Third International Conference on Spoken Language Processing (ICSLP 94)
Most Japanese Kanji characters have several different pronunciations, at least one ON-reading (of Chinese origin) and a KUN-reading (of Japanese origin); the appropriate pronunciation is determined by intraword context. There are also Kanji characters which have a single ON-reading and no KUN-reading. With 2-character ON-reading Kanji words as stimuli, naming experiments were carried out to investigate print-to-sound consistency effects, as seen in studies of English. The consistent Kanji words were those where neither constituent character has an alternative ON-reading or a KUN-reading, hence there can be no pronunciation ambiguity for these words. The inconsistent items were ON-reading words composed of characters which have KUN-readings that are appropriate to other words in which the characters occur, hence there should be some ambiguity about the pronunciation of the constituent characters. Experiments reported here yielded reliable effects of both word and character frequency/familiarity on speed and accuracy of word naming, but virtually no evidence for consistency effects. It is concluded that for Kanji, phonology is computed dominantly at the word rather than the character level.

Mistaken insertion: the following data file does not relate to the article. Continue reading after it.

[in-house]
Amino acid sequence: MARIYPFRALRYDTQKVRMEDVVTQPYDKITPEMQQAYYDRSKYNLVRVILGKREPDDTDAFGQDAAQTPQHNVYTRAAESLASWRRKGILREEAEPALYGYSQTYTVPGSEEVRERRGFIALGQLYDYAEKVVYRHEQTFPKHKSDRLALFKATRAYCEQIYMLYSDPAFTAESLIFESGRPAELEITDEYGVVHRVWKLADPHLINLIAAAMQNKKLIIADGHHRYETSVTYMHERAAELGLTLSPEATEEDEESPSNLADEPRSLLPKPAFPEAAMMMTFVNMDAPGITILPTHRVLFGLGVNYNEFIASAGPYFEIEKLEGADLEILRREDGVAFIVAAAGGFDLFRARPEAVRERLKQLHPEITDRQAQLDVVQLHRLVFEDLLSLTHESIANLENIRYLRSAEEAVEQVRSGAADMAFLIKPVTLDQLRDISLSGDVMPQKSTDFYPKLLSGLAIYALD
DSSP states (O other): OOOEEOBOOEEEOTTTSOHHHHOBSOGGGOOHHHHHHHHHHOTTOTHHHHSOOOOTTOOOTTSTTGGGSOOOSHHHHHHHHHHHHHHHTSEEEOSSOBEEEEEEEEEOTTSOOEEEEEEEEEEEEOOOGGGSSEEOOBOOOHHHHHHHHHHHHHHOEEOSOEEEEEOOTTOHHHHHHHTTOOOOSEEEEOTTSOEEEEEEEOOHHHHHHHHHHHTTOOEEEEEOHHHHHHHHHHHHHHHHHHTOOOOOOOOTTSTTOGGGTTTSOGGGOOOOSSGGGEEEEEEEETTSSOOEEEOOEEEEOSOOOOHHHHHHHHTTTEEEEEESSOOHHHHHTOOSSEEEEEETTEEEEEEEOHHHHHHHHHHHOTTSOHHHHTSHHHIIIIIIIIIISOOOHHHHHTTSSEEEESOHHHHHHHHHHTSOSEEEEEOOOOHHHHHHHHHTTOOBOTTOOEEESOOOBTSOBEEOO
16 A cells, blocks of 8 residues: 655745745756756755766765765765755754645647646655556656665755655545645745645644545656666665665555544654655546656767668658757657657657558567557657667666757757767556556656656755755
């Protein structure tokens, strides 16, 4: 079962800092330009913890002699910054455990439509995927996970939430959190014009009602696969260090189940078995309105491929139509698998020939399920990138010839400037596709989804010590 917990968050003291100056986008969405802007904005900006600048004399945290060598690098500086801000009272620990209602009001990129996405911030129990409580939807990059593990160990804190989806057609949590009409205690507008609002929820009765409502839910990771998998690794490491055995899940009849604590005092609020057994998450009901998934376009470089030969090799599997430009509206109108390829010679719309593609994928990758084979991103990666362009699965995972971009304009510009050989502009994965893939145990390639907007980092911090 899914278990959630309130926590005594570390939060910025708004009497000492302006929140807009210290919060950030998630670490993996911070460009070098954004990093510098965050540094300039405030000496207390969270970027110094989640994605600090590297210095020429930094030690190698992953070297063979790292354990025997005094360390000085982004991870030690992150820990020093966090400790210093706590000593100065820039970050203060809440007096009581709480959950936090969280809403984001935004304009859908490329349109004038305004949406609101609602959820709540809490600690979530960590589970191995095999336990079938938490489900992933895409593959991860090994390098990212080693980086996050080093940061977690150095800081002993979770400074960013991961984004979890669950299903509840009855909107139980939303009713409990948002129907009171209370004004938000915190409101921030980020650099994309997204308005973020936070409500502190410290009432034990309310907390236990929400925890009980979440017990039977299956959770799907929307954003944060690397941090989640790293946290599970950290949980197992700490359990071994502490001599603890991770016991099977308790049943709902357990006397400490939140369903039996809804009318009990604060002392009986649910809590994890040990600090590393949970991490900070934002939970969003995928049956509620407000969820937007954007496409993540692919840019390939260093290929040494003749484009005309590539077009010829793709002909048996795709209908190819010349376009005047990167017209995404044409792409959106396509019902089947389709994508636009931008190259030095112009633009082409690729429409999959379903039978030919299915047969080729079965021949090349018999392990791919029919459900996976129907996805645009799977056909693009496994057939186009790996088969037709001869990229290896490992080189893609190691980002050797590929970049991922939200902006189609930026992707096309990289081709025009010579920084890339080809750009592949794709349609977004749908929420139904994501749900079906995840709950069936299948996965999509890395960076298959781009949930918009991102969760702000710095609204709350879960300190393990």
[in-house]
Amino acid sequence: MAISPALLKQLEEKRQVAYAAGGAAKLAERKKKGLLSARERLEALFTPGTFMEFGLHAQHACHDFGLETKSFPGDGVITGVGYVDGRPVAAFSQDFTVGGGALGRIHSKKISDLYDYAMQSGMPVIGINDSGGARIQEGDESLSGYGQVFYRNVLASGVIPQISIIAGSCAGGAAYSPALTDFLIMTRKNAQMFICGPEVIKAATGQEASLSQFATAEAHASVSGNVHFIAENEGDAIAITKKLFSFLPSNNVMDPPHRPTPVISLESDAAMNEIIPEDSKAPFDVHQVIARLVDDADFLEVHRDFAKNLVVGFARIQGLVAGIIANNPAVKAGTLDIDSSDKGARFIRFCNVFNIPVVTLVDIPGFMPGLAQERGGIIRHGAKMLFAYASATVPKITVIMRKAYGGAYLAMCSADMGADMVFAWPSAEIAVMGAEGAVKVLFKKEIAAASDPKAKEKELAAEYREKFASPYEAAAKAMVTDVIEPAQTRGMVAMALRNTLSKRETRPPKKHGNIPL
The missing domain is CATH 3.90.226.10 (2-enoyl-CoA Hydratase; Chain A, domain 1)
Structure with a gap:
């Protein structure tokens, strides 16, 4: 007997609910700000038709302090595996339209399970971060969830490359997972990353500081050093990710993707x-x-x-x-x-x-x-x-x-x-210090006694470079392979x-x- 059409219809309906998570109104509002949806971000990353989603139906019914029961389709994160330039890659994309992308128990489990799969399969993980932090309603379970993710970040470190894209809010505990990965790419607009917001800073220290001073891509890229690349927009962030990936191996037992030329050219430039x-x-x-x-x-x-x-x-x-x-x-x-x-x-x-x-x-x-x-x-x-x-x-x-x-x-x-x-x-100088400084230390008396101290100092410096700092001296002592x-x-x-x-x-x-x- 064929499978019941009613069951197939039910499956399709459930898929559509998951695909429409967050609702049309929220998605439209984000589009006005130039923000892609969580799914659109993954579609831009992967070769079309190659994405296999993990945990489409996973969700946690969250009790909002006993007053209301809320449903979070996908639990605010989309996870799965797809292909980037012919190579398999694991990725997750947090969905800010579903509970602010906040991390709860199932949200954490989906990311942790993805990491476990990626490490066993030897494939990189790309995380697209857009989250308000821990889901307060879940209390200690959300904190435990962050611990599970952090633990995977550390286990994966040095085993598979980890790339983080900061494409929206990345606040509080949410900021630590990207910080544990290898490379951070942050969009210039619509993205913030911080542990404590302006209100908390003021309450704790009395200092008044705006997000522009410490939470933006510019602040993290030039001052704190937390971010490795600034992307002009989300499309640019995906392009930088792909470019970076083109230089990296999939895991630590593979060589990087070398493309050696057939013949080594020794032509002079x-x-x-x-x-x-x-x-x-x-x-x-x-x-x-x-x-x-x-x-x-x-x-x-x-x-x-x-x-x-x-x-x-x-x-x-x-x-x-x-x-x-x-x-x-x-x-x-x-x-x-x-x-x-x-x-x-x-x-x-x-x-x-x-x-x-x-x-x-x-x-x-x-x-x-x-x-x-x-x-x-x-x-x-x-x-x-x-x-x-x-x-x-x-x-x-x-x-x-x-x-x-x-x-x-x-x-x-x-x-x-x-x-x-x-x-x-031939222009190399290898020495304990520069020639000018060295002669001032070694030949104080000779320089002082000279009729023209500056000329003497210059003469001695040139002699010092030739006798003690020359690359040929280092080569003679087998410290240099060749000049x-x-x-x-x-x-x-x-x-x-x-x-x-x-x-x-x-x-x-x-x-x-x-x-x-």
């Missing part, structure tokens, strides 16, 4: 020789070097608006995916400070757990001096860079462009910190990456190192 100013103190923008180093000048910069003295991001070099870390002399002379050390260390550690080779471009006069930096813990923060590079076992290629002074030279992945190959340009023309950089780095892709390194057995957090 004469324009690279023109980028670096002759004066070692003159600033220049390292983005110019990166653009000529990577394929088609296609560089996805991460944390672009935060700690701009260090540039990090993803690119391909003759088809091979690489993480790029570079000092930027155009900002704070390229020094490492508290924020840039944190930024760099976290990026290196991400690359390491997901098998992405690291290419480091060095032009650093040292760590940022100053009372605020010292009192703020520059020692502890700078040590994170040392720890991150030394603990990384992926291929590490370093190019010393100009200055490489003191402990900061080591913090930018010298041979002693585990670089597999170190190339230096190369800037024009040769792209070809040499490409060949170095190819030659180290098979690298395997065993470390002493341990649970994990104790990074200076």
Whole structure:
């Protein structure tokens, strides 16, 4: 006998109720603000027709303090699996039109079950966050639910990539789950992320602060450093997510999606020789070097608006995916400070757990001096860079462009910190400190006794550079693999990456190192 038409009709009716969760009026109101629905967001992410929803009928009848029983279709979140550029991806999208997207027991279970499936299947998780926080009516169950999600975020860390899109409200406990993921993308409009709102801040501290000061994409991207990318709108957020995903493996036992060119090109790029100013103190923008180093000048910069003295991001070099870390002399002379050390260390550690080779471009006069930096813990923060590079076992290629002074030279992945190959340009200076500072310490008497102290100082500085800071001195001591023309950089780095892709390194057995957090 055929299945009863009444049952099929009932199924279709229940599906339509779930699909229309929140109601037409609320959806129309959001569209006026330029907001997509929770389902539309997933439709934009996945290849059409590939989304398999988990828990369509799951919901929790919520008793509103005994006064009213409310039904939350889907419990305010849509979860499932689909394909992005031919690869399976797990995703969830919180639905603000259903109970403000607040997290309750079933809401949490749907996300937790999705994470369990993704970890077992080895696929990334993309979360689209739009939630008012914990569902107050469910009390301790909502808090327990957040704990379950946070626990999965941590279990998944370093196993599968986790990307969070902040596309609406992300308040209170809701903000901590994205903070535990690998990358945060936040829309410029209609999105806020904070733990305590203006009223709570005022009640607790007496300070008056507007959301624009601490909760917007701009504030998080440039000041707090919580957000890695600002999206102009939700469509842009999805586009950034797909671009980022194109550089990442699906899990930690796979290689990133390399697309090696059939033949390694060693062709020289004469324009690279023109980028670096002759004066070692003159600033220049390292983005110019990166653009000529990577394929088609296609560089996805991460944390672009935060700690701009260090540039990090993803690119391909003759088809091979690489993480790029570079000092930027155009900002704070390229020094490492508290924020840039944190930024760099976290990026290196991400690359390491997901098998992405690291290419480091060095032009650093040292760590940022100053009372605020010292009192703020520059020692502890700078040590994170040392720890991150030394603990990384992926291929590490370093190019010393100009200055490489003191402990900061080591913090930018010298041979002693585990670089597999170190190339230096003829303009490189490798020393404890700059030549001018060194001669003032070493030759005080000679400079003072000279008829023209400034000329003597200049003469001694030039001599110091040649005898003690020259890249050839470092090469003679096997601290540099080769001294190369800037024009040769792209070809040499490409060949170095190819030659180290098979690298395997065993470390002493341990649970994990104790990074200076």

Bibliographic reference. Wydell, Taeko Nakayama / Butterworth, Brian (1994): "The inconsistency of consistency effects in reading: the case of Japanese kanji phonology", In ICSLP-1994, 1127-1130.